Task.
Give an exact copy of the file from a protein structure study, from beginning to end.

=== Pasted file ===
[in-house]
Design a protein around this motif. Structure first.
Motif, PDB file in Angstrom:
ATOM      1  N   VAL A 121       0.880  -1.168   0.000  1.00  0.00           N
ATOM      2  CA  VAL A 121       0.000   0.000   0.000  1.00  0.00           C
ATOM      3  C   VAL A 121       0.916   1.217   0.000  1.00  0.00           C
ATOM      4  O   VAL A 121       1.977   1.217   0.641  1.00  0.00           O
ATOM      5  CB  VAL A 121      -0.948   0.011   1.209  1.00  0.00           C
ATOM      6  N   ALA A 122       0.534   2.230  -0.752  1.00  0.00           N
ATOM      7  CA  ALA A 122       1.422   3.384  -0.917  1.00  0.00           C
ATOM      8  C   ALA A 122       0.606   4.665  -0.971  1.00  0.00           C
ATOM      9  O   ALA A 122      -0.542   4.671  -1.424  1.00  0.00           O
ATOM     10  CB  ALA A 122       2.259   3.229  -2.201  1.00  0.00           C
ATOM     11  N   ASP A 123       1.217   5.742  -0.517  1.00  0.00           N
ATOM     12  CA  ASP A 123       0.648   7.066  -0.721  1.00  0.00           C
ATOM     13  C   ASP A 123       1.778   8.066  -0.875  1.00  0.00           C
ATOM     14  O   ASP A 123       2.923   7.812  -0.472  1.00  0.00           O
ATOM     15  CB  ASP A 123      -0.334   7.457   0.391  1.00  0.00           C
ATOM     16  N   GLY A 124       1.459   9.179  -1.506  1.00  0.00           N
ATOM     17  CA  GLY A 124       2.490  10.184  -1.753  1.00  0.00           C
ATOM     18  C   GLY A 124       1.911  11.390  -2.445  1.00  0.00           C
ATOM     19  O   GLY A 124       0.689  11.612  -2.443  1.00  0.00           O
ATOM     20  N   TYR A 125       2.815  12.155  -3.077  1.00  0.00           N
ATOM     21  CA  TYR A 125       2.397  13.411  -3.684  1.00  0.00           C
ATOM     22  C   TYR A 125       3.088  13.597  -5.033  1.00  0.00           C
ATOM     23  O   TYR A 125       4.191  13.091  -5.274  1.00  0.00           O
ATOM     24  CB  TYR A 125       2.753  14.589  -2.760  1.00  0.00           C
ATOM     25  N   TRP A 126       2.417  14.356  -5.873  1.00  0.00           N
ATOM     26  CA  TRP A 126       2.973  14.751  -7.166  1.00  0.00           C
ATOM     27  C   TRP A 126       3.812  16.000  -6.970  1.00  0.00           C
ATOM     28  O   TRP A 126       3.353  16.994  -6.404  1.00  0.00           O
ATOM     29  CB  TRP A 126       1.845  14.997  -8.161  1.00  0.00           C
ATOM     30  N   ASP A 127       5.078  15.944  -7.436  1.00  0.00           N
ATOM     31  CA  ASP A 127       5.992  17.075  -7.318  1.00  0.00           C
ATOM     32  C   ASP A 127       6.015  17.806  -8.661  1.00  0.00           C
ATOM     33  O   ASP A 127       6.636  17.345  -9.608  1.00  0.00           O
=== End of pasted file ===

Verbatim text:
[in-house]
Design a protein around this motif. Structure first.
Motif, PDB file in Angstrom:
ATOM      1  N   VAL A 121       0.880  -1.168   0.000  1.00  0.00           N
ATOM      2  CA  VAL A 121       0.000   0.000   0.000  1.00  0.00           C
ATOM      3  C   VAL A 121       0.916   1.217   0.000  1.00  0.00           C
ATOM      4  O   VAL A 121       1.977   1.217   0.641  1.00  0.00           O
ATOM      5  CB  VAL A 121      -0.948   0.011   1.209  1.00  0.00           C
ATOM      6  N   ALA A 122       0.534   2.230  -0.752  1.00  0.00           N
ATOM      7  CA  ALA A 122       1.422   3.384  -0.917  1.00  0.00           C
ATOM      8  C   ALA A 122       0.606   4.665  -0.971  1.00  0.00           C
ATOM      9  O   ALA A 122      -0.542   4.671  -1.424  1.00  0.00           O
ATOM     10  CB  ALA A 122       2.259   3.229  -2.201  1.00  0.00           C
ATOM     11  N   ASP A 123       1.217   5.742  -0.517  1.00  0.00           N
ATOM     12  CA  ASP A 123       0.648   7.066  -0.721  1.00  0.00           C
ATOM     13  C   ASP A 123       1.778   8.066  -0.875  1.00  0.00           C
ATOM     14  O   ASP A 123       2.923   7.812  -0.472  1.00  0.00           O
ATOM     15  CB  ASP A 123      -0.334   7.457   0.391  1.00  0.00           C
ATOM     16  N   GLY A 124       1.459   9.179  -1.506  1.00  0.00           N
ATOM     17  CA  GLY A 124       2.490  10.184  -1.753  1.00  0.00           C
ATOM     18  C   GLY A 124       1.911  11.390  -2.445  1.00  0.00           C
ATOM     19  O   GLY A 124       0.689  11.612  -2.443  1.00  0.00           O
ATOM     20  N   TYR A 125       2.815  12.155  -3.077  1.00  0.00           N
ATOM     21  CA  TYR A 125       2.397  13.411  -3.684  1.00  0.00           C
ATOM     22  C   TYR A 125       3.088  13.597  -5.033  1.00  0.00           C
ATOM     23  O   TYR A 125       4.191  13.091  -5.274  1.00  0.00           O
ATOM     24  CB  TYR A 125       2.753  14.589  -2.760  1.00  0.00           C
ATOM     25  N   TRP A 126       2.417  14.356  -5.873  1.00  0.00           N
ATOM     26  CA  TRP A 126       2.973  14.751  -7.166  1.00  0.00           C
ATOM     27  C   TRP A 126       3.812  16.000  -6.970  1.00  0.00           C
ATOM     28  O   TRP A 126       3.353  16.994  -6.404  1.00  0.00           O
ATOM     29  CB  TRP A 126       1.845  14.997  -8.161  1.00  0.00           C
ATOM     30  N   ASP A 127       5.078  15.944  -7.436  1.00  0.00           N
ATOM     31  CA  ASP A 127       5.992  17.075  -7.318  1.00  0.00           C
ATOM     32  C   ASP A 127       6.015  17.806  -8.661  1.00  0.00           C
ATOM     33  O   ASP A 127       6.636  17.345  -9.608  1.00  0.00           O